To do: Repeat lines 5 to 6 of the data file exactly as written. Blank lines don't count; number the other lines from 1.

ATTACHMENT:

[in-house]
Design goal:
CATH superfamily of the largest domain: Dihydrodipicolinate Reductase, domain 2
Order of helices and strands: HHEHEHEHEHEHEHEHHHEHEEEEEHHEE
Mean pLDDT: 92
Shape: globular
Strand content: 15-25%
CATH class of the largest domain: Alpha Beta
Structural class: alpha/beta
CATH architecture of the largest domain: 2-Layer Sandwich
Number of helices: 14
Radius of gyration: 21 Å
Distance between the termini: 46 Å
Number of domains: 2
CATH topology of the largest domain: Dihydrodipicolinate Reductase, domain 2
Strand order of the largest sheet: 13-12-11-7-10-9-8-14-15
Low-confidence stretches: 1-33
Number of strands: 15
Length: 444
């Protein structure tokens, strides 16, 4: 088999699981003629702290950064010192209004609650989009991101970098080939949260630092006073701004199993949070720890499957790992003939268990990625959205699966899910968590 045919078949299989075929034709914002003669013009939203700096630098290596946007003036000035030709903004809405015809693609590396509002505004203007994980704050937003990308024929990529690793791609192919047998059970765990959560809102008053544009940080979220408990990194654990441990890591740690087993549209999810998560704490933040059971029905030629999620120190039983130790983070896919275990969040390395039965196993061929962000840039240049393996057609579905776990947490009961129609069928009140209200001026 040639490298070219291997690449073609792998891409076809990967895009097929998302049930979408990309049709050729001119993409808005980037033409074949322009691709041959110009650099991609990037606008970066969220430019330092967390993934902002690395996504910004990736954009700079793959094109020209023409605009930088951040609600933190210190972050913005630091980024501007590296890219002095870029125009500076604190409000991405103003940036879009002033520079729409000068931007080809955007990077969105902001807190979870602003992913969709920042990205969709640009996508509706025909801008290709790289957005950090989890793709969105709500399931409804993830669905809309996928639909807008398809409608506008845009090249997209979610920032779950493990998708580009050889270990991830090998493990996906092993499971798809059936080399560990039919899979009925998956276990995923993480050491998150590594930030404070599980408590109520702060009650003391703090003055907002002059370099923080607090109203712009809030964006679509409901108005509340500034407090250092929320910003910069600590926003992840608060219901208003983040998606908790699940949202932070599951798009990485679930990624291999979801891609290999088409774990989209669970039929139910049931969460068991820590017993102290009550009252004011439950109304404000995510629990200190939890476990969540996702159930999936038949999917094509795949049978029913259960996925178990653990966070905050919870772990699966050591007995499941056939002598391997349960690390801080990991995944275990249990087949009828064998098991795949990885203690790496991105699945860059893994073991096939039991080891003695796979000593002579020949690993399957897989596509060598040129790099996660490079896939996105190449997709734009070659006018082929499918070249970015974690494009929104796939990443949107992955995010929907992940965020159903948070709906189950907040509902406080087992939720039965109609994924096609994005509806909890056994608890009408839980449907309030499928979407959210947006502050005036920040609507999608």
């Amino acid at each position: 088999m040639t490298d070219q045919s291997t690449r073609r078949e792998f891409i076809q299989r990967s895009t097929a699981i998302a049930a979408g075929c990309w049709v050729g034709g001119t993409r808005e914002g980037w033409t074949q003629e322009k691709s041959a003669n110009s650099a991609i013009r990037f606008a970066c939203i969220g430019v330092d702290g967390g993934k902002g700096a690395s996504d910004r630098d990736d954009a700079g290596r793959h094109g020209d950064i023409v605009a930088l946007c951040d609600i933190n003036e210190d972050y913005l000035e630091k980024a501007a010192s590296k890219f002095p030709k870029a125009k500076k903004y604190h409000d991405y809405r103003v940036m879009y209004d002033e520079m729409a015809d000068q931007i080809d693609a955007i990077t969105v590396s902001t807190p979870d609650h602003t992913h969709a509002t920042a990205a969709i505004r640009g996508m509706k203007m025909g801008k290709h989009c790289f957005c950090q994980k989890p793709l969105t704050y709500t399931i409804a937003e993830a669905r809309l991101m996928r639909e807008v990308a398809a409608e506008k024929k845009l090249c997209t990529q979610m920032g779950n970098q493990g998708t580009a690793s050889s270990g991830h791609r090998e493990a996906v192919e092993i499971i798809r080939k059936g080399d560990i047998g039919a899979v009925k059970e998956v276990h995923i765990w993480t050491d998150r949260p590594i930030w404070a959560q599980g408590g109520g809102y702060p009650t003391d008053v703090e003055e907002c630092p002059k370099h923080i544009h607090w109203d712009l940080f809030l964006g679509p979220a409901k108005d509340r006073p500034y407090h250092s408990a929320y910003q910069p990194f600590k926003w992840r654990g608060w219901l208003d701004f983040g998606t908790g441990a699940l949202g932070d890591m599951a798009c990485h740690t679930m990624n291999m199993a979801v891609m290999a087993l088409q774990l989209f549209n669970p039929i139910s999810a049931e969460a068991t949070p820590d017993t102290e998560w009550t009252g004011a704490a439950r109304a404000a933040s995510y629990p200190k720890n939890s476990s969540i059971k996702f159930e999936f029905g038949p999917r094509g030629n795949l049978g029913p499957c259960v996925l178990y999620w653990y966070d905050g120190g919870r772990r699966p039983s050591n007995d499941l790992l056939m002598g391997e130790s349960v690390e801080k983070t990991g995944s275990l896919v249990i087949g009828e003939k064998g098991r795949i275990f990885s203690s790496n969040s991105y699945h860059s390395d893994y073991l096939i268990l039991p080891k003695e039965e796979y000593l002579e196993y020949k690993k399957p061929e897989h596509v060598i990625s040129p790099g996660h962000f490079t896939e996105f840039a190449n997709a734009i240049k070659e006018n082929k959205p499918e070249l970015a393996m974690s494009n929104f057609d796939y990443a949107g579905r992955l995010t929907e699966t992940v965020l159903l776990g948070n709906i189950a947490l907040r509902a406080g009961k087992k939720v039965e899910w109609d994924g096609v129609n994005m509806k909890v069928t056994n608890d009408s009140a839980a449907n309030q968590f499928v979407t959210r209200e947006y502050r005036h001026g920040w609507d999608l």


Mean pLDDT: 92
Shape: globular